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Home: Safety: Fire
Smoke Alarm for Vacuum Cleaners   (+3, -1)  [vote for, against]
For when you clean up ashes

The easiest way to clean up the ashes that appear around any fireplace or wood-burning stove is to vacuum them up. However, sometimes a live coal is inadvertently sucked up too. This can cause a major fire if not discovered.
A tiny smoke detector located near the air intake of the vacuum cleaner would sense smoking debris, and sound the alarm in time for the appliance to be placed outdoors or sprayed with a fire extinguisher. (This also works with coal- and pellet-burning stoves.)
-- TeaTotal, Oct 01 2002

Some of the wood ashes can be saved to be spread on the lawn in late winter to give calcium and other goodies.

The vacuum could be given a cough function. One woodstove-baked bun with your tea.
-- FarmerJohn, Oct 01 2002

a little internal sprinkler system.
-- po, Oct 01 2002

Someone I know vaccumed the house after a party.. forgetting to put a bag in the machine, result being a short in the motor via ringpulls, and a 'meltdown' of the cleaner.
-- pfperry, Oct 02 2002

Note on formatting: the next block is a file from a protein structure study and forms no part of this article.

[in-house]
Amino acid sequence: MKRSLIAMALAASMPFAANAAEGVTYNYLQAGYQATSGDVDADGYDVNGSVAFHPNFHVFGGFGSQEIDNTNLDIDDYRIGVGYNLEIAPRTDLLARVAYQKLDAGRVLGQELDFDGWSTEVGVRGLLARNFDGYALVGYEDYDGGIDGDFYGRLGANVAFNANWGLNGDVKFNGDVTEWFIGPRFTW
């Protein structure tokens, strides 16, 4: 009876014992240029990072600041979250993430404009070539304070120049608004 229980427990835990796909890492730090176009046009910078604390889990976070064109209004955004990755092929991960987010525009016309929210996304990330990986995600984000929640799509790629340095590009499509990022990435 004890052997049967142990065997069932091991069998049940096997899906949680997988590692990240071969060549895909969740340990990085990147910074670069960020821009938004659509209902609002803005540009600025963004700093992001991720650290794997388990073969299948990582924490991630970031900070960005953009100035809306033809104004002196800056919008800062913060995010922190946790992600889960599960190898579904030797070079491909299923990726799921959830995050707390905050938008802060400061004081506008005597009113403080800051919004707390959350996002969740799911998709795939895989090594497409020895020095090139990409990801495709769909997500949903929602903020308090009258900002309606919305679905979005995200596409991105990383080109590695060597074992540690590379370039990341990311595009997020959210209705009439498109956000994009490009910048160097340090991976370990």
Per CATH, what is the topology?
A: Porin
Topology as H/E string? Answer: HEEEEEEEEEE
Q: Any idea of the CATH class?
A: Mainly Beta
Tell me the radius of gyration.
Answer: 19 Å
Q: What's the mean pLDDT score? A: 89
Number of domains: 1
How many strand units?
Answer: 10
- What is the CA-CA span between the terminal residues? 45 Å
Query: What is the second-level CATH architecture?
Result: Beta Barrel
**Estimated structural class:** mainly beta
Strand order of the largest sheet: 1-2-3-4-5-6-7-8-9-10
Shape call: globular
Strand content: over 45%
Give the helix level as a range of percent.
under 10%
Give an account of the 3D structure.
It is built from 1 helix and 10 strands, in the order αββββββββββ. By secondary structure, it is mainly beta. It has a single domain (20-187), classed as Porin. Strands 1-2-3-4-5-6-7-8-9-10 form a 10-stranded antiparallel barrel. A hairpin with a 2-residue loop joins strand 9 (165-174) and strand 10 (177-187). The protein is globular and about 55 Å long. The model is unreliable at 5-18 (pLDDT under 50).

you're in the wrong idea [UB] the irrelevant comments idea is over there...
-- po, Oct 02 2002

I think Kirby vacuum cleaners run the 'dirt' through water. I understand they're nowhere near as nice and convenient as the salesdroids would have one believe, but I would expect that putting ashes through water would extinguish any fires.

Of course, what one does with all the lye one gets as a result is another question.
-- supercat, Oct 02 2002

/What person would use a household vacuum to pick up ashes?/
Me. I'm very careful, however, to be sure the woodstove door is closed tightly and hasn't been opened for a while. So any smoldering ash should be dead by the time I get to it. BTW, my husband has another woodstove in the garage/workshop, which has embossed on it the warning: "Hot When in Use." Duh!
-- TeaTotal, Oct 02 2002

[8th alert] [8th alert]
-- po, Oct 02 2002

random, halfbakery